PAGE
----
Using ahc-link/ahc-dist

ahc-link is the frontend program of Asterius. It takes a Haskell Main module and optionally an ES6 "entry" module as input, then emits a .wasm WebAssembly binary module and companion JavaScript files, which can then be run in environments like Node.js or browsers.

ahc-dist works similarly, except it takes the pseudo-executable file generated from ahc-cabal as input. All command-line arguments are the same as ahc-link, except ahc-link takes --input-hs, while ahc-dist takes --input-exe.

Quick examples

Compiling a Haskell file, running the result with node immediately: ahc-link --input-hs hello.hs --run

Compiling for browsers, bundling JavaScript modules to a single script: ahc-link --input-hs hello.hs --browser --bundle

Compiling a Cabal executable target: ahc-cabal new-install --installdir . hello && ahc-dist --input-exe hello --run


--input-hs ARG

The Haskell Main module's file path. This option is mandatory; all others are optional. Works only for ahc-link.

The Main module may reference other local modules, as well as packages in the asterius global package database.

--input-exe ARG

The pseudo-executable file path. A pseudo-executable is produced by using ahc-cabal to compile a Cabal executable target. This works only for ahc-dist, and is also mandatory.

--input-mjs ARG

The ES6 "entry" module's file path. If not specified, a default entry module will be generated, e.g. xxx.hs's entry script will be xxx.mjs. The entry module can either be run by node, or included in a <script> tag, depending on the target supplied at link time.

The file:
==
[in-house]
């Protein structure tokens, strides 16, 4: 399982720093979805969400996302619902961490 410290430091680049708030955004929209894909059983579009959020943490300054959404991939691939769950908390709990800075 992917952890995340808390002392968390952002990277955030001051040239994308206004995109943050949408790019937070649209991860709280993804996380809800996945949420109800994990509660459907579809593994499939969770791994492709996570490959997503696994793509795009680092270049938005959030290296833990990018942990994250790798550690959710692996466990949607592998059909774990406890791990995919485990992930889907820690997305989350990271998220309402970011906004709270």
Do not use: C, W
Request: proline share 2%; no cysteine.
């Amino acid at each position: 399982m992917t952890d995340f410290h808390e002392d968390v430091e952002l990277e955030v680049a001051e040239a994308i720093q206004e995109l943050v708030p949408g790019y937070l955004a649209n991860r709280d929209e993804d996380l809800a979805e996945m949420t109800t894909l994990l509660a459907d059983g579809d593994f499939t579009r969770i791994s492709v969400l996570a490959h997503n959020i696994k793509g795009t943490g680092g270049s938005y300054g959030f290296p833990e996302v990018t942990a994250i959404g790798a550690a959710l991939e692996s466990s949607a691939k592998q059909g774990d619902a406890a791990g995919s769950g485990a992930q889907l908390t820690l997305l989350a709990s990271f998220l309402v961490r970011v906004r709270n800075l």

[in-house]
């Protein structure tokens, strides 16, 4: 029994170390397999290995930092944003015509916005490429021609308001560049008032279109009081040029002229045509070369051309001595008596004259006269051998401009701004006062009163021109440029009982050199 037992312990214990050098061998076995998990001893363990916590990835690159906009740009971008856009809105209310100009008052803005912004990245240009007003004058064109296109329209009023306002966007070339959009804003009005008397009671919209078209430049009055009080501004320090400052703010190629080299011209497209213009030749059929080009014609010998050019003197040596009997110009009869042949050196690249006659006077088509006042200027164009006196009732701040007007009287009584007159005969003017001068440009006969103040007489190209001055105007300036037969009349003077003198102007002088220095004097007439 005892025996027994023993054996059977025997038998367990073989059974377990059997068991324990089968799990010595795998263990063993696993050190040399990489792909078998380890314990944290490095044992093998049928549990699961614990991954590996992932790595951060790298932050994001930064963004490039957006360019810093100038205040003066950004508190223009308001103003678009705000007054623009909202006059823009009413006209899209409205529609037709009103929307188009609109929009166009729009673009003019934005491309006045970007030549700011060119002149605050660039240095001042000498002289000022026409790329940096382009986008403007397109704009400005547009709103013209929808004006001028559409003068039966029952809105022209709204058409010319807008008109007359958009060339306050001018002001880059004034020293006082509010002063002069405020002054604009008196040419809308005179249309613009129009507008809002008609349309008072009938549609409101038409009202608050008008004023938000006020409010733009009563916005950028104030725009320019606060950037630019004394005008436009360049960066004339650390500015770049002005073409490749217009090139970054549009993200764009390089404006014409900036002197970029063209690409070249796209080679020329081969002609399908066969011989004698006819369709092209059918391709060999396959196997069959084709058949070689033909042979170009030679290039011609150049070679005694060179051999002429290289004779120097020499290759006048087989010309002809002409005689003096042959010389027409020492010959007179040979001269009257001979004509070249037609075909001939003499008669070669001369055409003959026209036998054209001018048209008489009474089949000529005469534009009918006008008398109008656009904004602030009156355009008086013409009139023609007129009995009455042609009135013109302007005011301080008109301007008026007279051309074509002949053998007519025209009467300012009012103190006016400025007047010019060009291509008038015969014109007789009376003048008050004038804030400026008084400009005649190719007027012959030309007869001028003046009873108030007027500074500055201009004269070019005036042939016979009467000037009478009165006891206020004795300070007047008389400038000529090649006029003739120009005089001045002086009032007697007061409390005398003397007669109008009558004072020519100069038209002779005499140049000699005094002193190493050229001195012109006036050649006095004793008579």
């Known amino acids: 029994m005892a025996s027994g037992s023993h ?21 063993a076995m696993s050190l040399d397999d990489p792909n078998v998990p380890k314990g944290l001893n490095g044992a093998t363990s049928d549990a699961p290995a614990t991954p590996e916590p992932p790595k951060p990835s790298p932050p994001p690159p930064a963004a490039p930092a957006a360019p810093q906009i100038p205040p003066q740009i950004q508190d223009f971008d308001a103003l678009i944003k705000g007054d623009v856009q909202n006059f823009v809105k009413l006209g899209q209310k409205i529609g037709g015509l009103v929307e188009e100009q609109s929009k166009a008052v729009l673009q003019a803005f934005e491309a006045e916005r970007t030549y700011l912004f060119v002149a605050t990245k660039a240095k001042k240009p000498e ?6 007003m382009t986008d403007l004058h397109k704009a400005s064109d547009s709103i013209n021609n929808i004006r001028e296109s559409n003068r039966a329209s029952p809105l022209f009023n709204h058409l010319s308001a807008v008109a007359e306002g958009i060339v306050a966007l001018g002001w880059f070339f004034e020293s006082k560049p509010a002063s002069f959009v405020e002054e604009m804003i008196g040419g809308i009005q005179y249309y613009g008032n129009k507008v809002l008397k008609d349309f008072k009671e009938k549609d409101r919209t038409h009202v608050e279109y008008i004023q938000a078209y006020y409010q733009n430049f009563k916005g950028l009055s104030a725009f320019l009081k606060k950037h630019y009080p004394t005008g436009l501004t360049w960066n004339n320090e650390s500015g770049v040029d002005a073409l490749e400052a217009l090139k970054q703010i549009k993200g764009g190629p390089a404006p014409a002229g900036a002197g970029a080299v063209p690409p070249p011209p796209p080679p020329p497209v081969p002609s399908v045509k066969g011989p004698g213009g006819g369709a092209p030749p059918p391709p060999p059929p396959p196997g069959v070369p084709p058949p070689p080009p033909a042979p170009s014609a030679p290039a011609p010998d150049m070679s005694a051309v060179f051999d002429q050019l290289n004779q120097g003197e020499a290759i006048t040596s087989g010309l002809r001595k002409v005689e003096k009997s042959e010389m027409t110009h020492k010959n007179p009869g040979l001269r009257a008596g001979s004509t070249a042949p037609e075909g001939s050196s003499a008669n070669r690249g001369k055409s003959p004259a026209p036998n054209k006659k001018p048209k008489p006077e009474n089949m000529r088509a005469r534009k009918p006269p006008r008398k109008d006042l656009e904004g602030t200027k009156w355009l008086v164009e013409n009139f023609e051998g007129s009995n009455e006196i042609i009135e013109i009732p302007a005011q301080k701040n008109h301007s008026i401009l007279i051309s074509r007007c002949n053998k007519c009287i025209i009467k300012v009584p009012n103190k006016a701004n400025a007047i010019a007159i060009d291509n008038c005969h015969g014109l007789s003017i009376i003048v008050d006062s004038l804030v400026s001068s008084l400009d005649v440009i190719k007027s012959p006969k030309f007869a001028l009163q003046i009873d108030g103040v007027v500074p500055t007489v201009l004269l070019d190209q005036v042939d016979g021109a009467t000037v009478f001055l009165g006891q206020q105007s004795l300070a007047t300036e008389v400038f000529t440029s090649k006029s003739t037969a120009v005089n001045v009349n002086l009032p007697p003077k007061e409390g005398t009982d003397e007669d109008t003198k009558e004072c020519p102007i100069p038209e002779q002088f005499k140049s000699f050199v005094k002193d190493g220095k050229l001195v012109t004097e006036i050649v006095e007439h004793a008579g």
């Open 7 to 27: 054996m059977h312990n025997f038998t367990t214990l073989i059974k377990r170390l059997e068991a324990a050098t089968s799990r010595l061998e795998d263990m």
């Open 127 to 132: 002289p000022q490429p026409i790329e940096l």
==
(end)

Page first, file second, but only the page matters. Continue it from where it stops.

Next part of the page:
It's possible to override the default behavior by specifying your own entry module. The easiest way to write a custom entry module is to modify the default one:

import * as rts from "./rts.mjs";
import module from "./xxx.wasm.mjs";
import req from "./xxx.req.mjs";

  .then(m => rts.newAsteriusInstance(Object.assign(req, { module: m })))
  .then(i => {

xxx.wasm.mjs and xxx.req.mjs are generated at link-time. xxx.wasm.mjs exports a default value, which is a Promise resolving to a WebAssembly.Module value. xxx.req.mjs exports the "request object" containing app-specific data required to initialize an instance. After adding the module field to the request object, the result can be used as the input to newAsteriusInstance exported by rts.mjs.

newAsteriusInstance will eventually resolve to an Asterius instance object. Using the instance object, one can call the exported Haskell functions.

--output-directory ARG

Specifies the output directory. Defaults to the same directory of --input-hs.

--output-prefix ARG

Specifies the prefix of the output files. Defaults to the base filename of --input-hs, so for xxx.hs, we generate xxx.wasm, xxx.req.mjs, etc.


This flag will enable more verbose runtime error messages. By default, the data segments related to runtime messages and the function name section are stripped in the output WebAssembly module for smaller binary size.

When reporting a runtime error in the asterius issue tracker, it is recommended to compile and run the example with --verbose-err so there's more info available.


This is useful for compiling and linking a non-Main module. This will pass -no-hs-main to GHC when linking, and the usual i.exports.main() main function won't be available.